Example So…I decided that since it was getting more difficult (due to time constraints) to get full updates of my web site completed, I would try to be the 5,000,000th person to get one of these things going. I've seen some audio blogs, and thought they were a great idea. While this site won't follow that path 100%, it'll touch on some of the same bases. Also, while my recent focus has been on funk and soul music, I'll be writing about a lot more than that here. I'll paraphrase Duke Ellington who said something along the lines of "there are only two kinds of music, good and bad", and what I'll be writing about here is the good kind. There'll also be the occasional political monologue/rant, and all manner of pop culture rambling. That said, the last week has been extremely depressing. The re-election (election?) of George Bush has brought an end to one of the most hopeful political seasons in recent memory. For the first time in a long time I saw a lot of people getting as excited about politics as I was, and it looked like we were really going to turn things around. Needless to say that did not happen. I'll spare you the gory details of my own personal political hell (compounded by the fact that my wife and son have been away visiting her folks for the week). Suffice to say that I was/am pretty down. So...what to do? I broke out the records. A while back we came into (via my father in law) a sizable stash of 45s. Maybe 80% of them were crap, but the remaining 20% yielded some interesting stuff. Some for me, but mostly for resale. My wife was a huge help sorting/pricing/grading the records, and one of the things she pulled out was a version of "The Crying Game" by Brenda Lee(?!?). This was already one of my favorite songs via the original version by Dave Berry (a big deal in the UK and Europe during the 60's, never really hit it over here). It's a superb, atmospheric beat ballad, which enjoyed a brief moment of popularity when it was redone by Boy George for the movie of the same name. Anyway.... The Brenda Lee version was FANTASTIC! Even though I knew she was more than her top 40 chart list would lead you to believe (she made some cool rockabilly sides), this was a complete surprise. I'd love to know how the song made it's way to her. She recorded her version in 1965 (after Berry and Ian & The Zodiacs), when her career was not exactly at it's peak. Ultimately it was the perfect match between a singer and a song. Anyway...(again)... Hearing this record inspired me to work on a mix built around it. I'm at a stage in my life where I've listened to (and continue to listen to) so much music that a large part of my brain has become devoted to assembling and reassembling it all into categories, lists and ultimately impressionistic, themed mixes (god bless the brilliant bastard that invented a way to record vinyl to cds). So...last night, after dinner I moved into the record room and started digging through my LPs, to see what hit me. I pulled about 60 LPs off the shelves and got to work. I wanted to put something together that would alternately sooth my shattered nerves and still satisfy my need to hear obscure, and interesting music. So here it is (you'll need Realplayer to hear the soundclips) 1. Artie Schroeck Implosion - Darling Be Home Soon - The first track I used is a cover of the Lovin' Spoonful's "Darling Be Home Soon" by the Artie Schroeck Implosion. Schroeck was a producer/arranger who was given an opportunity to make his own album, and he decided to compose it entirely of Lovin Spoonful covers (saxophonist Bud Shank did a similar project around the same time). Unlike a lot of LPs like this, it's actually quite good; the kind of off kilter, somewhat inspired takes on easy listening/background music that were so prevalent at the time. "Darling be Home Soon" is one of my favorite Spoonful songs, and Schroeck laid down a pretty interesting version, using harpsichord, acoustic guitar and strings. The melody/vocal lines are run by French horn, oboe and what sounds like an electronically processed clarinet, and the song builds nicely, layer upon layer. 2. Glen Campbell - Without Her - I followed it up with Glen Campbell covering Harry Nilsson's "Without Her". Say what you want about his recent drunken rampage, but in the early days of Campbell's pop stardom he combines his fantastic voice and guitar playing with really good taste in material. It certainly didn't hurt that he had Jimmy Webb writing his hits for him. From 1967's "Gentle On My Mind" lp, which also includes a great version of Donovan's "Catch The Wind". "Without Her" is a fairly early cover of a Nilsson tune, and it's one of his prettiest melodies. It helps that Nilsson and Campbell were both outstanding singers whose voices had a similar clarity and texture. Campbell's 1968 "Wichita Lineman" LP is also quite good with some interesting covers (Bee Gees, Jacques Brel, Tim Hardin). 3. Sonny Stitt - Wichita Lineman - "Wichita Lineman" is simply a great f-ing song. Sonny Stitt's version from1969 isn't stunning, but it's a great window into what seasoned jazz performers had to do to stay afloat at that time. Stitt started out in the 40's as one of best alto players to appears in the wake of (and as a disciple of) Charlie Parker. By the mid-60's all but the biggest jazz starts (and then some of those) were forced to make albums of pop songs, some more inspired than others. By the late 60's, Stitt (like Eddie Harris) was a proponent of the Varitone saxophone, which 'electrified' the sound of the instrument. Not a synthesizer, as much as a saxophone equivalent of a guitar effects box, the Varitone made for interesting listening. Stitt acquits himself nicely. It's certainly not 'jazz' by any real standard (other that the fact that it's being played by jazz musicians) but it's a cool version of the tune. 4. Dorothy Ashby - Drink - Dorothy Ashby's name is known mostly to beat junkies, soul/funk collectors and fans of exotica. She was a jazz harpist who made three amazing albums for Cadet in the late 60's. "The Rubaiyat of Dorothy Ashby" is her most "far out". A concept album based around musical framings of the poetry of Omar Khayyam, it features Ashby not only on harp, but piano, koto and vocals as well. Produced by the brilliant Richard Evans, the LP moves between quiet, meditative pieces, exotica and full on jazz, sometimes hitting all three bases in the same song. 'Drink' is one of the few selections on the album to feature a full vocal and like a lot of Evans work has a lush backing overlaid on a slightly funky beat. 5. Luis Bonfa - Zabumba - Luis Bonfa was one of the pioneers of bossa nova. He composed two absolute classics Manha de Carnival and Samba de Orpheu - and made many great albums. His 1968 Dot LP 'Bonfa' is a pretty typical mix (for the time) of incongruous pop covers and originals. 'Zabumba' is a moody slice of instrumental bossa guitar. Short and sweet. 6. Jose Feliciano - California Dreaming - Jose Feliciano is one of those guys that was huge for a short time and eventually just faded into the Branson-like wallpaper. That's a shame because he was not only a brilliant guitarist but also a great, expressive vocalist. While I was tempted to include his version of 'Light My Fire' ( a top 40 hit and a big fave of mine), I decided instead on his take on the Mamas and Papas 'California Dreaming'. It starts out with the same signature guitar riff, but them drifts off on a soulful wave, building to a kind of subdued crescendo with Feliciano scatting in Spanish (at least I think he's scatting...) 7. Ian & The Zodiacs - The Crying Game - So...Brenda Lee's 'Crying Game' inspired this mix, yet didn't get on it. Therein lies the difference between listening to 45s on the old Columbia GP3 portable, and on a good turntable. Brenda was (as the say on Soultrut) skated/rinked, or as they say everywhere else, VERY scratchy. Fortunately I had an alternative, and grabbed my recently acquired copy of the same tune by Ian & The Zodiacs. Ian & The Zodiacs were Liverpool contemporaries of the Beatles who became fairly big stars in Germany during the beat era (and got some of their 45s issued in the US). They played all the kinds of stuff that the Liverpool/Hamburg bar bands had to play, i.e. soul/R&B covers, pop tunes, standards etc. They were a solid band that during their three album tenure on Germany's Star Club label recorded lots of great rock'n'roll, and at least one moment of certified Euro-punk brilliance , 'Why Can't It Be Me'. Their version of 'The Crying Game' doesn't rise to the magnificent heights of pathos attained by Brenda Lee, but it manages to create a real sense of longing/sadness (and borrow Big Jim Sullivan's guitar effects from Dave Berry's record). It's still the same great song. 8. Gabor Szabo - Gypsy Queen - Perhaps the hottest Hungarian export since goulash (for what that's worth) guitarist Gabor Szabo had a pretty nice career for himself in the 60's. He recorded several great albums for Impulse and later partnering with Gary McFarland to create the short-lived but interesting Skye Records. His 1966 'Spellbinder' album features the track 'Gypsy Queen' (which might be familiar because Santana redid it as part of a medley with 'Black Magic Woman'). Szabo managed to combine folk and pop sounds in his jazz stylings, and his acoustic guitar work on 'Gypsy Queen', in combination with Willie Bobo's percussion is hypnotic. 9. Hugh Masekela - Bajabula Bonke (Healing Song) - To most people Hugh Masekela's career starts and ends with 'Grazing In The Grass'. One of the first 'world music' crossovers, Masekela came from South Africa with music that represents jazz as much as it reflects the sounds of Africa. Prior to his pop success, Masekela recorded a pair of excellent albums for MGM. He first recorded 'Bajabula Bonke (Healing Song)' - which had been written by his then-wife Miriam Makeba - on 'The Americanization of Ooga Booga' in 1966. He rerecorded the tune in 1967 for UNI, and is seen playing the song in the film Monterey Pop. The tune is slow and meditative, but also quite powerful. Masekela vocalizes over a slow piano/bass vamp, building to a climax with the horns. 10. Roberta Flack - The First Time Ever I Saw Your Face - Flack's cover of Ewan McColl's 'The First Time Ever I Saw Your Face' is the only track in this mix that was a hit (albeit two years after it was first released). The whole 'First Take' album is beautiful, with covers of Leonard Cohen and Eugene McDaniels (and a couple fo Donny Hathaway tunes), but 'The First Time Ever I Saw Your Face' is absolutely sublime. Flack's voice seems to caress the words of the song. The instruments are almost an afterthought, bubbling under ever so subtly as if to intrude on the the communion between the singer and the song would be criminal. I can hardly listen to this song without feeling transported. And that’s what it’s all about, isn't it? 11. Scott Walker - It's Raining Today - Speaking of music that "transports" me to a different place, there isn't much that approaches Scott Walker. Though Walker has become something of a chic cult object for alterna-types of late, I haven't really met too many people that really "get" his music. If you approach his albums casually, the initial impression is of a standard crooner. Walker's voice is so rich and magnificent (maybe the best pop voice of the 60's??) that it's hard to believe that he had previously been part of the teen-idol Walker Brothers (and that all of his post-Walker's solo albums were top 10 hits in the UK). If you look at the tunes he was covering (he was a Jacques Brel fanatic), and then at his sometime spellbinding orginals it soon becomes apparent that the singer you are listening to is no Robert Goulet. Scott Walker had the soul of a poet and it was easy to hear that in his music. 'It's Raining Today' (which starts with a string sound that was later sampled by the Sneetches for 'Behind The Shadow') , which appeared on his first solo LP, Scott/A Loner, is more than a song. It's more like a vignette, or set piece from a musical that never existed. I first got into Scott about 15 years ago via a compilation put together by Marc Almond of the group Soft Cell. Since then all of his albums have come back into print, and there's more than one compilation. 12. Gary McFarland - Everybody's Talkin- Gary McFarland was a strange dude. He started out as a pretty straight ahead vibes player, but was also an accomplished arranger. At some point in the mid-60's he happened upon a unique style wherein he kind of vocalized (sometimes wordlessly) over his vibes. This kind of thing wasn't totally unprecedented (listen to early recordings of bassist Slam Stewart, or later recordings of guys like George Benson), but McFarland's take on the style always had a slightly off-kilter feel. Sometimes this worked to his advantage, on tracks like 'Fried Bananas' (from the 'In Sound' LP). I wanted to include a version of Fred Neil’s 'Everybody's Talkin' - (other than the Nilsson hit), but couldn't find my Fred Neil album, so I dug out this version by McFarland. Here he mixes straight singing of the lyrics with whistling (?!?) and the strangest thing of all is that it works. Whether that has anything to do with McFarland, or is simply a testament to the greatness of the song is for you to decide. Strangest of all, McFarland died in 1971 after being poisoned in a bar in NYC. 13. Donovan - Sand and Foam - Donovan is one of the most misunderstood artists of the 60's. Most people have no idea of his music outside of 'Mellow Yellow', and he is largely remembered as an uber- flower child. In fact he made some extremely interesting music, fusing folk, pop and jazz with some great songwriting. 'Sand and Foam' from the 'Mellow Yellow' album is just Donovan and his guitar, dark, stark and moody. I can't make much sense of the lyrics, but I like them a lot. 14. Philamore Lincoln - The North Wind Blew South - Completely obscure outside of UK psyche-pop fans, Lincoln made this album in 1969 (rumored to be assisted by various Yardbirds/Led Zeppelin members). Most of it is fairly light and wispy, but with a nice pop touch. One of the other tunes 'Temma Harbour' was a UK hit for Mary Hopkin. 'The North Wind Blew South' has a kind of subdued, minor epic quality to it - kind of like what a lot of late 60's/early 70's prog rock would sound like with all of the bombast and pretension drained out. I don't know if the lp was ever reissued. 15. Ramsey Lewis - Mother Natures Son - The title track from his Cadet lp (long sought after by beat heads for the drums on 'Back In The USSR') starts out with a totally incongruous moog interlude which leads directly into a lush, Charles Stepney (the other great Cadet Records producer/arranger with Richard Evans) arrangement. The strings are prominent, the horns subdued and Lewis's piano manages to snake in and out of the mix without getting lost. Things get a little less lush and a lot more jazzy toward the middle, eventually exploding into a burst of strings (sounding like George Martin's orchestrations for the 'Yellow Submarine' soundtrack). This whole album is great. 16. John Martyn - Bless The Weather - Martyn was/is part of the axis of UK folk-rockers like Fairport Convention/Richard Thompson, Nick Drake and others, and like those artists have never really been strictly folk. Like Drake his style is definitely informed by jazz and pop, and his original songs are high quality. 'Bless The Weather' (the title song of the LP) is mellow, jazzy folk with lots of acoustic guitar. 'Bless the weather that brought you to me. Curse the storm that took you away.' 17. David Bowie - London Boys - Great story/song from Bowie's lesser know mid-60's period. Slightly melancholy (and quite possibly ironic, one never knows with Bowie) ode to the pilled-up Mods of London, circa 1967. Redone quite well by The Times in the 80's. Not at all what you'd expect from Bowie, kind of like a prototype for some of the quieter songs on 'Hunky Dory' and 'The Man Who Sold The World’' and definitely in line with the theatrical pretensions of Bowie the mime. 18. Tom Rush - Urge For Going - Definitely in line with my comments on Sonny Stitt, 'Urge For Going' was from Tom Rush's attempt (successful to some extent) at career redefinition 1968's 'The Circle Game'. Rush had always been a great interpreter of folk and folk blues, and occasionally threw a very tasty stylistic curve ball like his early 60's cover of 'Just A Closer Walk With Thee'. 'Circle Game' had him all screen-idoled up on a cover photo by Linda Eastman, and covering a selection of tunes by up and comers (at the time) like James Taylor, Jackson Browne and the composer of this tune, Joni Mitchell - all of whom had yet to reach a wide audience. The arrangements on the album are marked with subtle brilliance, set to showcase Rush's dry baritone, with which he paints 'Urge For Going' as if he were sitting in chilled Canadian prairie. Very nice. 19. Scott Walker - Montague Terrace (In Blue) - I can't say much more about Walker that I didn't say earlier. One of his best.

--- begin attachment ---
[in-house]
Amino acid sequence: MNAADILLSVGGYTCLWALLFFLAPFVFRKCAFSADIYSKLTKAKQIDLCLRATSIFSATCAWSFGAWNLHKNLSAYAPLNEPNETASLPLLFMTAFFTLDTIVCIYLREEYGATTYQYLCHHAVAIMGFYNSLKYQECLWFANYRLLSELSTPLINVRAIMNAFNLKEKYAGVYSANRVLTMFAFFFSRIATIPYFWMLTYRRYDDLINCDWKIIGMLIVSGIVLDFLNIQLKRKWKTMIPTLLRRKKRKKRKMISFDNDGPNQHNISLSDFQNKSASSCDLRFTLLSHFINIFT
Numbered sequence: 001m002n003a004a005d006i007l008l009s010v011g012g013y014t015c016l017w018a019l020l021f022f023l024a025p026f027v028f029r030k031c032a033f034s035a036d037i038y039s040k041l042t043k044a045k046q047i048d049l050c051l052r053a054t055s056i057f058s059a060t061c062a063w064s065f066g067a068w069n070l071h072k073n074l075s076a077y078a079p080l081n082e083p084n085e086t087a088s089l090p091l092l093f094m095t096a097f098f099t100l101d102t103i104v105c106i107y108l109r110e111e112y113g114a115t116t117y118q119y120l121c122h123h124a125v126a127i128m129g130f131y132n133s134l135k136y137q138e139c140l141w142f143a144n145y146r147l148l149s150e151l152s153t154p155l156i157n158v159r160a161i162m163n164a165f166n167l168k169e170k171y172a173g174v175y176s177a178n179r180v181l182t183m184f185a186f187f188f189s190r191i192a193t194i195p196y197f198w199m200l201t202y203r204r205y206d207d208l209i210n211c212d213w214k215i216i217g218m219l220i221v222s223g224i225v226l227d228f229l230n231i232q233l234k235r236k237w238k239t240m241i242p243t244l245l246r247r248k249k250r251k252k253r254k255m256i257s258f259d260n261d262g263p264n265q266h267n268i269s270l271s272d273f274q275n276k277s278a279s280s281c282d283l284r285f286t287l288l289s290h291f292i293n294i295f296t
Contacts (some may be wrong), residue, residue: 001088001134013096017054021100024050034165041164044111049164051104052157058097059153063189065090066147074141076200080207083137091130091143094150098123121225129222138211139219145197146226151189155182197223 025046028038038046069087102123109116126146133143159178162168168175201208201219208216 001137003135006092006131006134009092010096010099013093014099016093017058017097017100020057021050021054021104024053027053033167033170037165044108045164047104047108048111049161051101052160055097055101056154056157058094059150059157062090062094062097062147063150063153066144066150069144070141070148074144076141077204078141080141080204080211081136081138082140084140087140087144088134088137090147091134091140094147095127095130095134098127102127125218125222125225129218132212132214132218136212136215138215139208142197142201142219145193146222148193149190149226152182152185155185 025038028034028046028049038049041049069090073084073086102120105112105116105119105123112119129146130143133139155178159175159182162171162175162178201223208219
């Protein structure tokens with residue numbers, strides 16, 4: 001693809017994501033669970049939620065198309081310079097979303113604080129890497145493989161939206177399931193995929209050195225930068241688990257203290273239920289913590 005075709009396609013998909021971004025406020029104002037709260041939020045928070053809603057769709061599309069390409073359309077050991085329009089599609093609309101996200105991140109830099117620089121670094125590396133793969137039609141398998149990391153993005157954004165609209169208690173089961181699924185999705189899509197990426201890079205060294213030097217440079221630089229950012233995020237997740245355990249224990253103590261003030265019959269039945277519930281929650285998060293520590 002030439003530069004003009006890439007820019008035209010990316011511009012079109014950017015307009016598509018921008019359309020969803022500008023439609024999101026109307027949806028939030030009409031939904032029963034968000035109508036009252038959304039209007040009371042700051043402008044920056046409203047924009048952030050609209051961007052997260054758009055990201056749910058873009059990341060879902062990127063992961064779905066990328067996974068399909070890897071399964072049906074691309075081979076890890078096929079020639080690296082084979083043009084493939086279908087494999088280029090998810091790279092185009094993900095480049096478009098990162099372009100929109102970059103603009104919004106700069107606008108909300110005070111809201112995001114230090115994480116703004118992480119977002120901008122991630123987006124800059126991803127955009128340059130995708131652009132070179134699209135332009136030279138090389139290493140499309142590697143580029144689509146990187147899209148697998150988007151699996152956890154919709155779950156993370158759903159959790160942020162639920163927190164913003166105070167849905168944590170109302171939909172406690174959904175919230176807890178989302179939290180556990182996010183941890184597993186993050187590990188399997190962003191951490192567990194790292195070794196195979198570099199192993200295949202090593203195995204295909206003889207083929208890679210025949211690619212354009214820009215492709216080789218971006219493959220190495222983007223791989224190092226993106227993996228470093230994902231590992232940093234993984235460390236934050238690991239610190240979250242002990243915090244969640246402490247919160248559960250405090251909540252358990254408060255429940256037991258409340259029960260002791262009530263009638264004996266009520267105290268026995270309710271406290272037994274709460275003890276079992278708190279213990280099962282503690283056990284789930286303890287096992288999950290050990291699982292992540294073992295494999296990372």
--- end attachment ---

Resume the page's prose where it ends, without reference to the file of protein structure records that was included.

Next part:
Blogger Funky'sChick said...

Wow...this blog is fantastic. I've never read anything so compelling in my life. If this blogger was in front of me, I wouldn't be able to keep my hands off of him. He must be one hell of a guy. Keep up the good work!

11/08/2004 09:14:00 AM  
Blogger Larry Grogan said...

Why, thank you...

11/08/2004 01:02:00 PM  
Blogger MackMcCoy said...

re: why Brenda Lee would cover "The Crying Game" ... apparently the Ian & the Zodiacs version (which I love, although I have not heard the Dave Berry OG) was a #1 regional hit in Texas in 1965! The single sold almost half-a-million copies in the US, and apparently the bulk of them were being moved in the TX and gulf coast areas. So you can see why it would have been on Brenda's radar as a song to cover. SOUL STRUT FOREVER!


9/21/2008 06:58:00 PM